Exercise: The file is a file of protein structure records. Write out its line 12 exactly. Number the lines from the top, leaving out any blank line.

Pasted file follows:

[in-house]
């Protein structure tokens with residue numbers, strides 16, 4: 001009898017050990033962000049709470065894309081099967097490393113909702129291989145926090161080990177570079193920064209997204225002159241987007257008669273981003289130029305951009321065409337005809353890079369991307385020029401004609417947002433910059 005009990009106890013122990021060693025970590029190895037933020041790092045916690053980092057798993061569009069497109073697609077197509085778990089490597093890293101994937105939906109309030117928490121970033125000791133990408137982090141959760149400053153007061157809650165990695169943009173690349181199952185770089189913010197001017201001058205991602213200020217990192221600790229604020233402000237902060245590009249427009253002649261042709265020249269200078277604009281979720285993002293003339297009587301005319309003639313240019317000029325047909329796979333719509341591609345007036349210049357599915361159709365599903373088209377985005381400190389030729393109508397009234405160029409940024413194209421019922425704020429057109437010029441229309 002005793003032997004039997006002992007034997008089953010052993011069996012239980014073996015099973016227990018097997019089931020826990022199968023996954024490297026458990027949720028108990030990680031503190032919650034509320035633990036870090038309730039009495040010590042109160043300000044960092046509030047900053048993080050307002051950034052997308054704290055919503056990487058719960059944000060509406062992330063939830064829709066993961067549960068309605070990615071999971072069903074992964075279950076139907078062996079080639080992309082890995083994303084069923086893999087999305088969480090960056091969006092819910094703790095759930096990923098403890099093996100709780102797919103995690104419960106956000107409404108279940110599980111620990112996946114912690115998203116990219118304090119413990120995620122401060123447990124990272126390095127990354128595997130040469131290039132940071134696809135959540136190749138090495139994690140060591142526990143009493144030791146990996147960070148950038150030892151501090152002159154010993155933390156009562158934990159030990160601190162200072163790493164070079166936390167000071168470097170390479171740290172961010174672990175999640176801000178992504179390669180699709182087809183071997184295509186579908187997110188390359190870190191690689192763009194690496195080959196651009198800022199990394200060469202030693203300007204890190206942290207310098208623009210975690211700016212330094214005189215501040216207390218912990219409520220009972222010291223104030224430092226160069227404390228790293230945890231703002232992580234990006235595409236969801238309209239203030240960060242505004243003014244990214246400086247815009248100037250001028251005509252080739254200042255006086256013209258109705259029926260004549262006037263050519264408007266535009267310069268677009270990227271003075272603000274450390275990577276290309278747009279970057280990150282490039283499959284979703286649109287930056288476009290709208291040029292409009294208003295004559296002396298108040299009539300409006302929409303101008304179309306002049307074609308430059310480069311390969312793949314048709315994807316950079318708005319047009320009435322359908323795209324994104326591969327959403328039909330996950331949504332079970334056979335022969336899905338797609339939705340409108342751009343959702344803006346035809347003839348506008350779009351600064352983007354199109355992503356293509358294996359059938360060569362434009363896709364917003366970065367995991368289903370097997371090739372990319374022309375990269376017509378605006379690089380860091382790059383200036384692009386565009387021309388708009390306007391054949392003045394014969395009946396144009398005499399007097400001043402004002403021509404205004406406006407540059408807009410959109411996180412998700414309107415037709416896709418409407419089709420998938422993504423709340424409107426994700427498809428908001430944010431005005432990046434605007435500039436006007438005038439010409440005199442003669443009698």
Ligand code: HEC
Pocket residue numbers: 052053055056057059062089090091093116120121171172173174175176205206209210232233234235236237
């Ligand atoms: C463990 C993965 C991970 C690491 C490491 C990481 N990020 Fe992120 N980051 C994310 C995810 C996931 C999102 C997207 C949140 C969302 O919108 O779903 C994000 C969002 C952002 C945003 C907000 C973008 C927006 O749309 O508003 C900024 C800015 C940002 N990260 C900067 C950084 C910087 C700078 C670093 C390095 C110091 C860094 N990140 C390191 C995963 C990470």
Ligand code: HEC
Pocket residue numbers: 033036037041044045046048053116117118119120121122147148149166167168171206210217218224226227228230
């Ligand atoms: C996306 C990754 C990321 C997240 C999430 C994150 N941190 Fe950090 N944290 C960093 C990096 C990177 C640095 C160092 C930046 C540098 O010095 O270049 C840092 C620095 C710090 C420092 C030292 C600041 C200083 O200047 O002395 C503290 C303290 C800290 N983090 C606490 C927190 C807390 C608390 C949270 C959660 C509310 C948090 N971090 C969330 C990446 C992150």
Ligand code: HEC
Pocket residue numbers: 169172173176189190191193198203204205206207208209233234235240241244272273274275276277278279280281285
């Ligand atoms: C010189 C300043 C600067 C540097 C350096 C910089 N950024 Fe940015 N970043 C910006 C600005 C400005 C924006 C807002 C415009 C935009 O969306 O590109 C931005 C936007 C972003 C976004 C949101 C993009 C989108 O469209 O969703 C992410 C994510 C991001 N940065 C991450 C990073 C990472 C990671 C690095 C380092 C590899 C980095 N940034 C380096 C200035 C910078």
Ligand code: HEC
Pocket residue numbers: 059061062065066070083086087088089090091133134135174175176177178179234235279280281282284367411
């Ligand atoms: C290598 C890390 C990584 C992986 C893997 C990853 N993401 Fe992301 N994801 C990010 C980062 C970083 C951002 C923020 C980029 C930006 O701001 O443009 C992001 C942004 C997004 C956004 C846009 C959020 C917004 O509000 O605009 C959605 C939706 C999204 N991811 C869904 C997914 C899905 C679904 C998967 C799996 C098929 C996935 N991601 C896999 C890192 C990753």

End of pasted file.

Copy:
Ligand code: HEC